The start of the year is always a good time to get your house in order and think about what is round the corner. Here we highlight five areas that you might wish to consider focusing on during 2014.
Capacity and Price
2013 was a particularly buoyant year for conveyancers compared with 2012 with many commentators observing a return to pre-recession volumes. These high volumes of conveyancing are not without their challenges with increased levels of volume coinciding with lenders working with less conveyancing firms.
If you are one of the lucky conveyancers – safely on lender conveyancing panels and with insurance at decent rates, then you are likely to be very busy. With 2014 unlikely to see a slow-down many firms will be forced to consider whether or not they want to increase the size of their conveyancing departments.
There are already indications from at least two of the largest conveyancing firms that they will be opening new offices in different parts of the country and pushing forward with expansion.
More job adverts are appearing indicating expansion for conveyancing firms of all sizes and in the last month we have had four conveyancing firms asking about improving our conveyancing jobs board with a view to trying to get more qualified staff. This is something we are considering doing.
For other firms the increased number of home movers means that their conveyancing departments are stretched to bursting point, thus bringing the risk of increased avoidable errors and claims. Conveyancing managers need to be particularly vigilant against overburdened teams and risk management processes failing to identify issues.
Now is a good time of the year to consider whether your risk management is adequate in this area. With what appears to be a shortage of good conveyancing firms and staff one we know some firms are already increasing their prices and widening their margins. How will your firm deal with the increased demand safely?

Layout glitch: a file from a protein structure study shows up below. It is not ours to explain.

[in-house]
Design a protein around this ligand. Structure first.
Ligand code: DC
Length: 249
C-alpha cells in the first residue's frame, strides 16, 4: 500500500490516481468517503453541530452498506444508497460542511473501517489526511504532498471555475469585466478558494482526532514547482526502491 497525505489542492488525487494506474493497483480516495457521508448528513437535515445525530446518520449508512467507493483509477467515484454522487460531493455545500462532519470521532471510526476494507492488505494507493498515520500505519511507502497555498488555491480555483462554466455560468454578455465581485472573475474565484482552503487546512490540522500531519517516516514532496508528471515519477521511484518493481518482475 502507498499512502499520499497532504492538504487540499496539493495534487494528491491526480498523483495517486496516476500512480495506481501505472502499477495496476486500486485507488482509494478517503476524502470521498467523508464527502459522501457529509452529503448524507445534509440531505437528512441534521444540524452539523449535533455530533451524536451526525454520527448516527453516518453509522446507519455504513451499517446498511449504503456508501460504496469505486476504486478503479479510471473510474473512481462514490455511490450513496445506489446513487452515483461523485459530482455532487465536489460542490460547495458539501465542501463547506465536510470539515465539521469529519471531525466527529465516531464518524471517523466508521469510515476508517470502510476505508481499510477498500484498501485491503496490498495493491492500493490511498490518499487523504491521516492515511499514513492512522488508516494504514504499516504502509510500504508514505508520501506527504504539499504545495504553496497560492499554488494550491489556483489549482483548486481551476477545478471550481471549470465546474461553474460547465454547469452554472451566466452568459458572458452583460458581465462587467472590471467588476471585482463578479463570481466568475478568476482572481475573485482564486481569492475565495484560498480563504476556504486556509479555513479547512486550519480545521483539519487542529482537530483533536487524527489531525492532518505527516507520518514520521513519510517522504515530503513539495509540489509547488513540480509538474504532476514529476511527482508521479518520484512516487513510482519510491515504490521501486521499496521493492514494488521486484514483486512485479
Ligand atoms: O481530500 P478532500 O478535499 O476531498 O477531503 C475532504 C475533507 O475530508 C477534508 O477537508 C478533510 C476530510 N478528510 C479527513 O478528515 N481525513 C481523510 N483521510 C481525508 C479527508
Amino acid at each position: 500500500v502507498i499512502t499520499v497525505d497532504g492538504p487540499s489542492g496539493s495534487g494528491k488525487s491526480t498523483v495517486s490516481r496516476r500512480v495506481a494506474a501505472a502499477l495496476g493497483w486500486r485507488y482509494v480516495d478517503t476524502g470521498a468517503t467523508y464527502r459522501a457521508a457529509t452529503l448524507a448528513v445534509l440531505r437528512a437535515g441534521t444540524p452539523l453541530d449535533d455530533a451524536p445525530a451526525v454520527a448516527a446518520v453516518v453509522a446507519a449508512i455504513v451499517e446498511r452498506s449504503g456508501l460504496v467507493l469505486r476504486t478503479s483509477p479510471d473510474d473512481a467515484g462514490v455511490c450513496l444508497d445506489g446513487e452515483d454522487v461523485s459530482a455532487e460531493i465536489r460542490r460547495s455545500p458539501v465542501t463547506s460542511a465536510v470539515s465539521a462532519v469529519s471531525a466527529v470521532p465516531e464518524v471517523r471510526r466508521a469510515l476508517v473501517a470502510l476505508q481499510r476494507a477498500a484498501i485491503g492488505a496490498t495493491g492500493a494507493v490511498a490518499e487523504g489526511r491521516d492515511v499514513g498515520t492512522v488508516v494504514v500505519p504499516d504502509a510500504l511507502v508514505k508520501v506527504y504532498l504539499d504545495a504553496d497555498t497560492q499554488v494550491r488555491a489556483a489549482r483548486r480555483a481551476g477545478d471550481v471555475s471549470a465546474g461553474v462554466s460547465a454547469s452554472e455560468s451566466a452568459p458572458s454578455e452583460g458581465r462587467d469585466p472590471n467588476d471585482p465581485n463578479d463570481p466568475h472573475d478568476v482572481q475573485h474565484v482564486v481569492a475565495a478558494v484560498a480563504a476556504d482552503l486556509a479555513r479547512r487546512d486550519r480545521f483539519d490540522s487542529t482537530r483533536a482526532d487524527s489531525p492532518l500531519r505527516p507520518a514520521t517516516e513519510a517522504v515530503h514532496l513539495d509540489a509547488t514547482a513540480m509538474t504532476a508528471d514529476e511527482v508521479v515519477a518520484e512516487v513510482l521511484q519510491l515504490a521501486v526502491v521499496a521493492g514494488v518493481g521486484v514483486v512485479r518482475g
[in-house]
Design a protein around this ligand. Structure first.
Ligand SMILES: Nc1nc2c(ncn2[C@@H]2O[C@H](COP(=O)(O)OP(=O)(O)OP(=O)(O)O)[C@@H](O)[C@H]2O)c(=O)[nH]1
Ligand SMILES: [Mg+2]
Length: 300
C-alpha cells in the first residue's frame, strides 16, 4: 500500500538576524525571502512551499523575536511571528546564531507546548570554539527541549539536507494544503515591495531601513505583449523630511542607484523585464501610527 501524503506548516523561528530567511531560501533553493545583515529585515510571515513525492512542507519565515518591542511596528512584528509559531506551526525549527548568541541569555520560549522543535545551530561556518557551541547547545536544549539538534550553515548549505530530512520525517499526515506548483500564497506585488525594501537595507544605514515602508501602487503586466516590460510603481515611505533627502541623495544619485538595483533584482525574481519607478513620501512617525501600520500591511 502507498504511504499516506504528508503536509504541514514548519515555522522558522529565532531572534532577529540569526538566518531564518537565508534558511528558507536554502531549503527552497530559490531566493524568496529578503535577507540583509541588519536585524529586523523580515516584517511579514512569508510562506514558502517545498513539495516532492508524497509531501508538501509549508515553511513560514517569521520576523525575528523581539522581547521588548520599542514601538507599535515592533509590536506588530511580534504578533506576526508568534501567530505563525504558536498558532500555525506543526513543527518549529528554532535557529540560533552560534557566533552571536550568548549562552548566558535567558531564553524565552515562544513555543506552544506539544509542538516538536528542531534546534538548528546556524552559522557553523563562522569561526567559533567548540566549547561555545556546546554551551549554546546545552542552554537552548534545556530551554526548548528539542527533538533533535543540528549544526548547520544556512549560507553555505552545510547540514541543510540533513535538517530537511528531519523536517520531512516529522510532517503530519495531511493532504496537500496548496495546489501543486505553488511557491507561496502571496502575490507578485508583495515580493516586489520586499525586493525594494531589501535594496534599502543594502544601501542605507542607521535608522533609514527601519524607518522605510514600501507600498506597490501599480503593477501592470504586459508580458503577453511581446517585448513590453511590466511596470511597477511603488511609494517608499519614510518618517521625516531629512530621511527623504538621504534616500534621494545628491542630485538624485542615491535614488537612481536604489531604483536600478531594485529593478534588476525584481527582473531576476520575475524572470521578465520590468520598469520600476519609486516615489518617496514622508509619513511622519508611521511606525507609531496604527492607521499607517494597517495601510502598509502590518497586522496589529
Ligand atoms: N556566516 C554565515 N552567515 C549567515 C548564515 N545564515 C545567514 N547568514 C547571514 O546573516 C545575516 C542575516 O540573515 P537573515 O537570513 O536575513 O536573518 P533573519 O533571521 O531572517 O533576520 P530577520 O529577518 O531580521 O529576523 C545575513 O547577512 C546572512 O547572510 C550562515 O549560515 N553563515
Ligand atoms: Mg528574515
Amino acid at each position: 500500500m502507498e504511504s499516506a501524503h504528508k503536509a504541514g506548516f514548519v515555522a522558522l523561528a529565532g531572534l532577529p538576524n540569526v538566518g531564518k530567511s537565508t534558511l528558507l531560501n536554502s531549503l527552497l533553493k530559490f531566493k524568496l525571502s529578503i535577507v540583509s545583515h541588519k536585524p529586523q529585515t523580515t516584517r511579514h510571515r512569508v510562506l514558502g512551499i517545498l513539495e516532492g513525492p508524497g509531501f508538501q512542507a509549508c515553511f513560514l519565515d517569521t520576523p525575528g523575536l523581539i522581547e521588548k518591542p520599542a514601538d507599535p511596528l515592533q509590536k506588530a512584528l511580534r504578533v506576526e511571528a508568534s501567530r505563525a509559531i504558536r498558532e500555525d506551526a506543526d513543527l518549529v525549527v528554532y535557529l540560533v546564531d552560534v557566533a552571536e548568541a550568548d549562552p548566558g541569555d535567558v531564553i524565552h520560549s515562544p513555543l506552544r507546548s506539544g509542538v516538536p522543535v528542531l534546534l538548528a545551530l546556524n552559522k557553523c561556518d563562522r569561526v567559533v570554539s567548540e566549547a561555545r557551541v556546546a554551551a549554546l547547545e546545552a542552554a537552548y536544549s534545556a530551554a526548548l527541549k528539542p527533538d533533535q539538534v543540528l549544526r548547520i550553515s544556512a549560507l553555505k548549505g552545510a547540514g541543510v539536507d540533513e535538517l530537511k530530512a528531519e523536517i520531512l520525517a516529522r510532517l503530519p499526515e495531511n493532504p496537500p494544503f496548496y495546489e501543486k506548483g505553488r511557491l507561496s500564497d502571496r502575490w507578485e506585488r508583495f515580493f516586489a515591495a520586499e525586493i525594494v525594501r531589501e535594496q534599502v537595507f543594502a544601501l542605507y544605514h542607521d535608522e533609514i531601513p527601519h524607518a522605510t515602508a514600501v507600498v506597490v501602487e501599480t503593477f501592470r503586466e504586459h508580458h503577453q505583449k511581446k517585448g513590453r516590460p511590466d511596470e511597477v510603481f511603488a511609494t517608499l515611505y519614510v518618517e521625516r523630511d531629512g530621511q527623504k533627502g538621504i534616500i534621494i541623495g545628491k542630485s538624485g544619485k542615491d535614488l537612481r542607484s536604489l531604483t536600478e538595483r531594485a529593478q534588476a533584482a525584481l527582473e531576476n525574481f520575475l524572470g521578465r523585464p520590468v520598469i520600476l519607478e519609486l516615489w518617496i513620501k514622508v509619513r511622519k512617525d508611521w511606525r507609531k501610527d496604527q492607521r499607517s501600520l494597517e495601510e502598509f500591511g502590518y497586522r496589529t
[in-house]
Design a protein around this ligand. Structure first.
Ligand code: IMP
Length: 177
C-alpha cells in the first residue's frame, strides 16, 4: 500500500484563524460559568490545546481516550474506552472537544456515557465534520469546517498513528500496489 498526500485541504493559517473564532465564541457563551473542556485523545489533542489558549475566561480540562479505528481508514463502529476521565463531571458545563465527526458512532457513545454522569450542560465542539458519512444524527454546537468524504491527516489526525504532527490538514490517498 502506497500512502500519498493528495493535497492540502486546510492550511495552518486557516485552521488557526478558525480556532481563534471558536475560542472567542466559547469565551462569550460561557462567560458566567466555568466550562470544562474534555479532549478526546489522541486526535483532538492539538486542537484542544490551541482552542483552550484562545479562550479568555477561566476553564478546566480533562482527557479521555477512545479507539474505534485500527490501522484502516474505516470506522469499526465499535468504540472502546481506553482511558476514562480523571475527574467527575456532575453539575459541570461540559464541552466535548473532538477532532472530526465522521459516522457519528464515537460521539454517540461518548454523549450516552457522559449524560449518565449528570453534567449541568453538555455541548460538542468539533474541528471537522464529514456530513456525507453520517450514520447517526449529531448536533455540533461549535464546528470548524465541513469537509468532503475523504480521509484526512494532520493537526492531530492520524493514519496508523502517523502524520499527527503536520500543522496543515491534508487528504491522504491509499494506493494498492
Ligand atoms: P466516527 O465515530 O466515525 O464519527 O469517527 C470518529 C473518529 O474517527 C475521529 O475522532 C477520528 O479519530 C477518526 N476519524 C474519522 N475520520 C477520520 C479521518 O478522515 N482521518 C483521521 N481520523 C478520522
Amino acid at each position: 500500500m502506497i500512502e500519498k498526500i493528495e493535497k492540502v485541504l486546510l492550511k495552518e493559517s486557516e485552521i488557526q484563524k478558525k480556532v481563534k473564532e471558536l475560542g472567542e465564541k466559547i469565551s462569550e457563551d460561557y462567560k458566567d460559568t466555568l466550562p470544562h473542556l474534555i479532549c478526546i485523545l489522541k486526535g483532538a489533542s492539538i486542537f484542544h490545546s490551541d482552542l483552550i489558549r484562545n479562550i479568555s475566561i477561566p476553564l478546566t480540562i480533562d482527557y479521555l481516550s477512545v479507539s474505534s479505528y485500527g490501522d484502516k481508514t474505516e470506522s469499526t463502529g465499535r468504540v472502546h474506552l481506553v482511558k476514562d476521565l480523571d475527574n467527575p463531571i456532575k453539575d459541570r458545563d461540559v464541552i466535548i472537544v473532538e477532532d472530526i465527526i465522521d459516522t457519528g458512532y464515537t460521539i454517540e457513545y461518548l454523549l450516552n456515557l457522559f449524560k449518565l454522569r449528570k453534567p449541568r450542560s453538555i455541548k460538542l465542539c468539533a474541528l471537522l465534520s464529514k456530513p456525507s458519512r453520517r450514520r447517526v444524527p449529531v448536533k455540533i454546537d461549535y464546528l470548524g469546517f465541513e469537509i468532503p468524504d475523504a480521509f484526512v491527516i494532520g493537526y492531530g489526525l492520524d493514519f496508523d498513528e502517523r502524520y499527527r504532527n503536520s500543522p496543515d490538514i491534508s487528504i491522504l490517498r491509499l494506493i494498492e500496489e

If you decide you are going to recruit do not forget that lenders are tracking individuals and if you employ someone with a bad track record that might damage your lender conveyancing panel status.
Even if you are busy and finding your staff are working very long hours it is still important not to rush to employ the first conveyancer you find. Make sure you do your due diligence on them. Employing one dodgy conveyancer can cause significant damage to your business. Make sure that your supervision routine is particularly rigorous for new staff.
All we need to say is that it has not gone away and the story continues to rumble. Many conveyancers seem to think that there is no risk so you might just like to audit your files and remind your colleagues of your policy in this area.
The questions about how we cope with flood and the impact on home ownership remain challenging. Inside Housing reported last March that in the decade prior planners had overridden the advice of the Environmental Agency in 197 cases, giving the green light for new housing development on areas in risk of flooding.
Additionally millions of homes have now changed hands since the widespread availability of flood searches to conveyancers. At some point someone will challenge whether appropriate advice and information given by a conveyancer. Is it time to review your initial client information setting out your role?
Fraud is on the increase across society. Whether it is your employee, your client, your introducer, the surveyor, a member of staff at a lender, or the other side you need to be vigilant. Make sure you consider how you impress upon your staff that anything that feels unusual or suspicious needs to be escalated for consideration.
Every day conveyancers handle approximately £600M worth of client money. This is appetising for criminals. The threat is constantly changing but again it may be useful to reassess the training and risk management processes that you have in place.
We would be interested in your thoughts on the year ahead. Get in touch and let us know what you have reviewed in the lead up to this New Year.